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Qualifications Passport for Refugees could open new credit recognition route

A credit recognition pilot scheme has been trialled in Norway for newly arrived refugees who do not have credible documentation, residency or adequate language skills.

The pilot in Norway corresponds with proposals drawn up last year by NOKUT and UK NARIC for a European Qualifications Passport for Refugees. Photo: flickr/European Commission DG ECHO

A lack of proficiency in English, Norwegian or other Scandinavian languages can be a barrier for refugees

Undertaken by the Norwegian Agency for Quality Assurance in Education (NOKUT), the Qualifications Passport for Refugees could act as a supplement to NOKUT’s existing procedures for credit recognition and will be open to refugees who may not fit into the criteria of the current schemes.

“NOKUT’s experiences show that an expanding group of refugees with higher education will be left on the margins of established recognition procedures in the future”

“The Qualification Passport for Refugees is not only an evaluation of the qualification, but a statement providing necessary and relevant information about the applicants’ educational background, job and language experience for the employers, educational institutions and migration authorities,” Stig Arne Skjerven, director of foreign education at NOKUT, told The PIE News.

“[It is], in itself, an empowerment process for the applicant.”

Refugees eligible for NOKUT’s qualifications passport will be those who don’t meet the requirements for the agency’s already established recognition procedures – the general recognition, which is the document-based method, and the UVD-procedure, the interview-based method, primarily available for those with missing verifiable documentation.

The pilot in Norway, which involved 20 refugee students, corresponds with proposals drawn up last year by NOKUT and UK NARIC for a European Qualifications Passport for Refugees.

The initiative aims to create a multinational, quality assured framework in Europe for recognition of refugees’ competence. In its subsequent analysis of the pilot program, NOKUT calls for the programme to become a permanent scheme and proposes it be adopted by the European commission and other international organisations.

“NOKUT’s experiences show that an expanding group of refugees with higher education will be left on the margins of established recognition procedures in the future,” said NOKUT in its analysis of the pilot programme.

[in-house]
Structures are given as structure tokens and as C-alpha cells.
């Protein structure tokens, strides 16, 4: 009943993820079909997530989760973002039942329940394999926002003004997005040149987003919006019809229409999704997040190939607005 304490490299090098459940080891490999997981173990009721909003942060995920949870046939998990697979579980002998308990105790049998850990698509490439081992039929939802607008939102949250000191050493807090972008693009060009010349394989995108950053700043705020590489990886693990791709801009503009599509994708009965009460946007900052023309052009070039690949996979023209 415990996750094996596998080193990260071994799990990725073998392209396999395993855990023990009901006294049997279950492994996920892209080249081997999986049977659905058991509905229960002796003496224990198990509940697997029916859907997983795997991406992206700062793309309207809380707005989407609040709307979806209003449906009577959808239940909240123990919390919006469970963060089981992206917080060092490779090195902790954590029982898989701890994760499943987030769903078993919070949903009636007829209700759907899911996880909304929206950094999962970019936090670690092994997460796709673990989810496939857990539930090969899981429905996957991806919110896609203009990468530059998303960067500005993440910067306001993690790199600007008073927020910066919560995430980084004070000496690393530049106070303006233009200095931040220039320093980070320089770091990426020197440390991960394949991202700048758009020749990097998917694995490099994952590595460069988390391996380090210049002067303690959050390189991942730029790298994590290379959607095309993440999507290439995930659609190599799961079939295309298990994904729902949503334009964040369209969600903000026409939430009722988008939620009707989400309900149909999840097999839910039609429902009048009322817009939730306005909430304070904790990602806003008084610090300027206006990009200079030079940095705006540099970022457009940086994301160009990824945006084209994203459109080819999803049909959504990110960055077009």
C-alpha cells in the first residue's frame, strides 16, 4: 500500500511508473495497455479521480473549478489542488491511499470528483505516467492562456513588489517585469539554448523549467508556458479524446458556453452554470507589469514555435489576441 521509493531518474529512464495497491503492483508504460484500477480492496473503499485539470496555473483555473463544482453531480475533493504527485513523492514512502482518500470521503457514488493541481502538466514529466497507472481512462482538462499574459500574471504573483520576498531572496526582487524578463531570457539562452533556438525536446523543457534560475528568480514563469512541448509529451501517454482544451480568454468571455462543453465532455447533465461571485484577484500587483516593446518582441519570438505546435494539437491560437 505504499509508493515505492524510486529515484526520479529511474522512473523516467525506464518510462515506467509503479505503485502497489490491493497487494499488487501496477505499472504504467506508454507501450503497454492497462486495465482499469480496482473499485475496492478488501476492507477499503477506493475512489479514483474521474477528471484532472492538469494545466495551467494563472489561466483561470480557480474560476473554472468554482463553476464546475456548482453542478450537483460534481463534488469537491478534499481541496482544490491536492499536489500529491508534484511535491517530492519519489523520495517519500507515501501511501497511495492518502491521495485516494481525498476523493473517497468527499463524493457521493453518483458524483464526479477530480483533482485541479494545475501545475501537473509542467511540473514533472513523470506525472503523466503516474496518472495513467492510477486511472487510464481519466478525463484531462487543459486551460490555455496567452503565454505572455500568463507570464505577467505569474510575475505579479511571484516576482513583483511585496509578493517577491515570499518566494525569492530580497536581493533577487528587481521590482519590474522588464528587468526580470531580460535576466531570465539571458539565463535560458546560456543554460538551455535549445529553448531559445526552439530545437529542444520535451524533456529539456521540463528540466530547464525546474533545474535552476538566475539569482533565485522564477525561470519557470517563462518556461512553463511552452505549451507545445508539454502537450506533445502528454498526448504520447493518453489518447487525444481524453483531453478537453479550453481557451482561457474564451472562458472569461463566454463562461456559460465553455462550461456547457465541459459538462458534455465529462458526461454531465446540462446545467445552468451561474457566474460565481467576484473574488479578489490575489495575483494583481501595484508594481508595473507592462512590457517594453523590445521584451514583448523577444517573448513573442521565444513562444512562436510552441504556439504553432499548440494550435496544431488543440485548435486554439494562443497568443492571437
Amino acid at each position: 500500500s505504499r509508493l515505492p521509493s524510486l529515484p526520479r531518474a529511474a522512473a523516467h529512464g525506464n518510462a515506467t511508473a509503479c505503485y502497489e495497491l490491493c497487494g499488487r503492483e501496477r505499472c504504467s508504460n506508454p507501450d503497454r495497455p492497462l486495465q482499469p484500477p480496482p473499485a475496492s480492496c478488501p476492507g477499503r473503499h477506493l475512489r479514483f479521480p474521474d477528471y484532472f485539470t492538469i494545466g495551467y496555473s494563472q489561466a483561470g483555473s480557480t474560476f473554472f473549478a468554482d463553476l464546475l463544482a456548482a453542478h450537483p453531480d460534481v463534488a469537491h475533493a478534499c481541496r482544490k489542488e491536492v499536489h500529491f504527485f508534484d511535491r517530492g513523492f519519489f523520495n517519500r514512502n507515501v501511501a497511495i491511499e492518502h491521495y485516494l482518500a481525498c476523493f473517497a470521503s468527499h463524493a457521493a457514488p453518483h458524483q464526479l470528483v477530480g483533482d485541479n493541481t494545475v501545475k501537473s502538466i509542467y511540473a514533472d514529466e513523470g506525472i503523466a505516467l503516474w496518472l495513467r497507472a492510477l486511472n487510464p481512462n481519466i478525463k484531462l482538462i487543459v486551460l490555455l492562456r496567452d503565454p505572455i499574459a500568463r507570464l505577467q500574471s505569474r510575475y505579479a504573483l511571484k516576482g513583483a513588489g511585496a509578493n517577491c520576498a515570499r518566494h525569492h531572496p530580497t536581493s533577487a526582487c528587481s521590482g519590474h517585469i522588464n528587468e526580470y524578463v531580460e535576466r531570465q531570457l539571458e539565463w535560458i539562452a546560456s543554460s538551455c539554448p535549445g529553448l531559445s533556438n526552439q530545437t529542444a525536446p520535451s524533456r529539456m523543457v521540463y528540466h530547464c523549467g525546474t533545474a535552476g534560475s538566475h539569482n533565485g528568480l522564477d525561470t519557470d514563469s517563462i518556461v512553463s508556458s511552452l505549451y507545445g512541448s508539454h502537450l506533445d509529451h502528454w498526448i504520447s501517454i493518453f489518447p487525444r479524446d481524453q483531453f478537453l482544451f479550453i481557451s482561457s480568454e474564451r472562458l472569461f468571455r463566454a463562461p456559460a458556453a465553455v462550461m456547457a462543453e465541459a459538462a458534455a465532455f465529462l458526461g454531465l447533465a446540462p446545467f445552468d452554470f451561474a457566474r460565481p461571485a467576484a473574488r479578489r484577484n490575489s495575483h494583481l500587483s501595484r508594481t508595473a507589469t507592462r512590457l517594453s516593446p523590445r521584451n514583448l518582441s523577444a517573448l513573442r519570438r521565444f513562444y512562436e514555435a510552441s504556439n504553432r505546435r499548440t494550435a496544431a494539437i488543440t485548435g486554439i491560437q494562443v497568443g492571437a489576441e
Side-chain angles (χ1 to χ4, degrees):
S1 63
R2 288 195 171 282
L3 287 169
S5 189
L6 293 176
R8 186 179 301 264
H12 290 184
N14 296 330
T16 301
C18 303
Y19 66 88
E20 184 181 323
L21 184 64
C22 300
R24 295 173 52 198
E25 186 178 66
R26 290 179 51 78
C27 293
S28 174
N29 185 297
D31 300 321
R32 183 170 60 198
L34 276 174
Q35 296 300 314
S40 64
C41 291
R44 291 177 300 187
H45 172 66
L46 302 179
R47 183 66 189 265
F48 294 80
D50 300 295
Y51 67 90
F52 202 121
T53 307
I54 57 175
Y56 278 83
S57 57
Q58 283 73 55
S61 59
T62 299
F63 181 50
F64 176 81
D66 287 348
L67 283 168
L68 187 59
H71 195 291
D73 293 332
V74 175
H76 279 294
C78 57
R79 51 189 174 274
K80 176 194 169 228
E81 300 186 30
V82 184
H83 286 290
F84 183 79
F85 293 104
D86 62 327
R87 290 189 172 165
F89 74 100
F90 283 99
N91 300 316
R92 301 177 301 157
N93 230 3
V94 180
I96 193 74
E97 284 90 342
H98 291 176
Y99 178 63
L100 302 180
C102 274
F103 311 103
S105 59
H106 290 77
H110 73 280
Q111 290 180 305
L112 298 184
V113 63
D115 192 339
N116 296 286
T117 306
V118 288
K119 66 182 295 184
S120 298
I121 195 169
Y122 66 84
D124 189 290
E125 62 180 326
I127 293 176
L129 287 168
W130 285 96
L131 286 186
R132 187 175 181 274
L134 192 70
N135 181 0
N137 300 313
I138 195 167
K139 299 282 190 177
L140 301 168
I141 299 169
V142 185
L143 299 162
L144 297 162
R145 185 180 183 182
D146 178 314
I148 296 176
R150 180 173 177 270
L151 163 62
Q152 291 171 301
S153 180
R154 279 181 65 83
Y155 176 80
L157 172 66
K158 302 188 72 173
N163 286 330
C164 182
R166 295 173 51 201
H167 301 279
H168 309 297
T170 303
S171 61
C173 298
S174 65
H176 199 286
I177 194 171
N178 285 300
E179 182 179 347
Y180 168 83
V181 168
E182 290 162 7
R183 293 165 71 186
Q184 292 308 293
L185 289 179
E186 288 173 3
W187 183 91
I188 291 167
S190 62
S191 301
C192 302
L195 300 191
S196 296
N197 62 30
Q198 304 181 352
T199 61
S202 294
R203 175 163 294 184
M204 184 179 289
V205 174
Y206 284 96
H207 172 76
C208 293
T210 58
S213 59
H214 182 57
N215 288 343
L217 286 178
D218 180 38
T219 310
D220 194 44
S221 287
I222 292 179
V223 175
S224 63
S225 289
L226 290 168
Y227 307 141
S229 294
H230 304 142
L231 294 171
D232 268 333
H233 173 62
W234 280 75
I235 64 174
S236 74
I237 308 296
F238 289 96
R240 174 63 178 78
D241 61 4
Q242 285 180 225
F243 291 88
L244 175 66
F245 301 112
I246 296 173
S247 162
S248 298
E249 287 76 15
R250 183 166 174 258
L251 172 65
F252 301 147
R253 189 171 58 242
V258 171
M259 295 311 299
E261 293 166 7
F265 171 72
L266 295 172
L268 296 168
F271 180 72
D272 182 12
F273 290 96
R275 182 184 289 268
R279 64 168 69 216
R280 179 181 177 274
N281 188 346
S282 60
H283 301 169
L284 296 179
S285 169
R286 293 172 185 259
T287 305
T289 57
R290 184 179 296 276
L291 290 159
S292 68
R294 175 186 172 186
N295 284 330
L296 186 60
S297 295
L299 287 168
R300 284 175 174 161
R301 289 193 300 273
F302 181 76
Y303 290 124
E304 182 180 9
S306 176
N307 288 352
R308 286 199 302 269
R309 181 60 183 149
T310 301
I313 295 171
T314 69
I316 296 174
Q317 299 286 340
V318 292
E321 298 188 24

“These refugees with higher education, even with insufficient or missing documentation, will be offered a service from NOKUT to have their qualifications evaluated through the Qualifications Passport, in addition to receiving qualified advice about the road ahead.”

The qualifications passport is valid for three years, and is intended to provide guidance for the first years that refugees enter the labour market or pursue more education.

“The significant difference is that this new scheme is adapted to the needs of the newly arrived refugees”

“In a Norwegian context, it gives the possibility of offering a solution to all refugees, not only providing solutions for refugees who have been granted permanent residency in the country,” said Skjerven.

Weakening credibility of documentation from major refugee origin countries, including Syria, can complicate study and work options for new refugees.

A lack of proficiency in English, Norwegian or other Scandinavian languages, can also be a barrier for refugees, as well as having to flee the country before qualifications are completed – issues which the framework for the qualifications passport is taking into account.

“The significant difference is that this new scheme is adapted to the needs of the newly arrived refugees,” said Skjerven.

“Those without sufficient language knowledge, residency permit, those who need advice and recommendation concerning the way ahead.”

According to NOKUT’s report, by not extending solutions to all refugees, Norway will not be fulfilling Article VII of the Lisbon Convention.

“The article states that the convention partners should also offer recognition to persons in different refugee-like situations, in other words not only provide solutions for refugees who have been granted permanent residency in the country,” it states.

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